Microsoft sounds death knell for Internet Explorer 8

Microsoft will cease to support IE8 from 2016

Microsoft has announced a new support policy for Windows versions of Internet Explorer (IE), explaining that from next year it will only actively back the latest version of its browsers, meaning the end of support for IE 8.

Users will have grown used to extended periods of support from the firm, but that will end starting January 2016, it said as it explained the new rules.

Roger Capriotti, IE director, said in a blog post: “Developers benefit when users stay current on the latest web browser. Older browsers may not support modern web standards, so browser fragmentation is a problem for website developers.

“Web app developers, too, can work more efficiently and create better products and product roadmaps if their customers are using modern browsers. Upgrading benefits the developer ecosystem.”

Users too will benefit, he added, thanks to the latest versions having the most up-to-date security protection.

“Outdated browsers represent a major challenge in keeping the web ecosystem safer,” Capriotti explained.

“It should come as no surprise that the most recent, fully patched version of IE is more secure than older versions. [It is] faster, supports more modern web standards, and has better compatibility with existing web apps.”

The update makes no room for IE8, and aligns Microsoft’s chief products with other associated IE releases.

Customers are advised to start considering their in-house setup, and begin selecting and updating the version of IE that is most relevant to them. It has provided a list of options and their IE partners.

Windows Vista Service Pack 2 (SP2) and Windows Server 2008 SP2 are both married with IE9. Windows 7 SP1, Windows Server 2008 R2 SP1, Windows 8.1 and Windows Server 2012 R2 are aligned with IE11 and Windows Server 2012 is paired with IE10.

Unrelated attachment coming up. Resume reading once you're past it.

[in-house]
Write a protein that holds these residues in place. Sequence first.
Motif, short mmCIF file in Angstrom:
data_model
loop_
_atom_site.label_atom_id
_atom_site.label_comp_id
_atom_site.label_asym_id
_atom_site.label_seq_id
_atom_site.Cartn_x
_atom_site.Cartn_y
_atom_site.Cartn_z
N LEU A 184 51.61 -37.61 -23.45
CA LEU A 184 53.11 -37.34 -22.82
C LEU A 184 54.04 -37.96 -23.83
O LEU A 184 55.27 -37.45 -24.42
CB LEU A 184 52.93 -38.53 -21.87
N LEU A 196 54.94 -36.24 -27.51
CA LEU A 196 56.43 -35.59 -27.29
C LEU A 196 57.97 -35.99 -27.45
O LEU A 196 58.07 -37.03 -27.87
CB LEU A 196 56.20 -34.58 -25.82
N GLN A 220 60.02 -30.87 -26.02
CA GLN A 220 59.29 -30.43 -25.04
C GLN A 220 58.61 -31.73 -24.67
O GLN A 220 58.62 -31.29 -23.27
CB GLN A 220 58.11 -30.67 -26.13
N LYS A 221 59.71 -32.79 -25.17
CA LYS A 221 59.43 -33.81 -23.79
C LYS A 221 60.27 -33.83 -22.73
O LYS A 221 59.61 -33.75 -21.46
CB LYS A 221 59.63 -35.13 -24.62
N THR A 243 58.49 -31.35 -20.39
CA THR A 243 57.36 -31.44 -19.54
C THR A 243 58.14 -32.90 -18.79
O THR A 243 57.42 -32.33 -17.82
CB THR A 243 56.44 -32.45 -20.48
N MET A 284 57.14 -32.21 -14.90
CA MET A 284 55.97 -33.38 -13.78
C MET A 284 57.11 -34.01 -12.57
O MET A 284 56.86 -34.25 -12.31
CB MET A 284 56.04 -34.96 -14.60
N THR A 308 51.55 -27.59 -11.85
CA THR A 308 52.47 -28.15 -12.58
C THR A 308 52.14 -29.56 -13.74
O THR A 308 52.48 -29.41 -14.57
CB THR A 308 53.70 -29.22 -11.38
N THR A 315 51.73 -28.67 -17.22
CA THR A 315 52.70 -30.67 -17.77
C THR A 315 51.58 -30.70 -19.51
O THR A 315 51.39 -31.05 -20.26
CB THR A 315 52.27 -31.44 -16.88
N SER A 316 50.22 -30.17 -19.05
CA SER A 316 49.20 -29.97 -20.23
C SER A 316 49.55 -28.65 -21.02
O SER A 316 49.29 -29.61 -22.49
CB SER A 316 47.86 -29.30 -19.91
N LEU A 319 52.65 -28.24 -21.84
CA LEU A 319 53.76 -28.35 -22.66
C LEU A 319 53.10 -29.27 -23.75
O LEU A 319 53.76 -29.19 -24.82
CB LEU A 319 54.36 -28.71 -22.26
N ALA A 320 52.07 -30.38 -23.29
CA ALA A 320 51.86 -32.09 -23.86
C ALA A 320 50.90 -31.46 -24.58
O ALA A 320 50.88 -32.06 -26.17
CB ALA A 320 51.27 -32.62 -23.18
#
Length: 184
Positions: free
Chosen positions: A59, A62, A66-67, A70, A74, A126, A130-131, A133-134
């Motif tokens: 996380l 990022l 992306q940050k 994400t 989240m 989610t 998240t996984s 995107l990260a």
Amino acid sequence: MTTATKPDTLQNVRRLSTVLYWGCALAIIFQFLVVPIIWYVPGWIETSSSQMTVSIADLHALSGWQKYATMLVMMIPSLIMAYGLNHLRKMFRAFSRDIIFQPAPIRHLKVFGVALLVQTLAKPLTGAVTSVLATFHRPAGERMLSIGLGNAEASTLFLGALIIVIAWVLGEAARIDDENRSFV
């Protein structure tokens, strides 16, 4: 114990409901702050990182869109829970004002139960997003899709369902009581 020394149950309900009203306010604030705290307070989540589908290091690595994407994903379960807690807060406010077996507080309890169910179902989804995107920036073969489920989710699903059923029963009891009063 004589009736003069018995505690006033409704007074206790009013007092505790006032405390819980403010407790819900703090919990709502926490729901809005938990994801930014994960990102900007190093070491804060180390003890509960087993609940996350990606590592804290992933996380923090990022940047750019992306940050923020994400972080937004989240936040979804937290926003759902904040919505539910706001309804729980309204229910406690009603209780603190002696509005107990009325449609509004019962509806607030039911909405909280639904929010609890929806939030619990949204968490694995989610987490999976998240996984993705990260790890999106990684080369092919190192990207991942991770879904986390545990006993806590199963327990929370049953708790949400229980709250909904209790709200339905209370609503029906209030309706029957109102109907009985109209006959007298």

IE8 is rather blighted, and in March Microsoft announced that it would patch it against a zero-day exploit that it had been advised about 180 days previously.

“We are aware of a publicly disclosed issue involving IE8 and have not detected incidents affecting our customers. We build and thoroughly test every security fix as quickly as possible,” said a spokesperson then.

IE8 has a lot of users, however, and figures from NetApp show it leading the browser tables in terms of market share. As we have seen with Windows XP a legacy Microsoft habit is a hard one to drop, but the firm hopes that the security message will aid this.

“By offering better backward compatibility and resources to help customers upgrade, Microsoft is making it easier than ever before for commercial customers to stay current on the latest version of IE,” added Capriotti.

“In addition to modern web standards, improved performance, increased security, and greater reliability, migrating to IE11 also helps unlock upgrades to Windows 8.1 Update, services like Office 365, and the latest Windows devices.”

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8 August 2014 | 2:21 pm – Source: v3.co.uk

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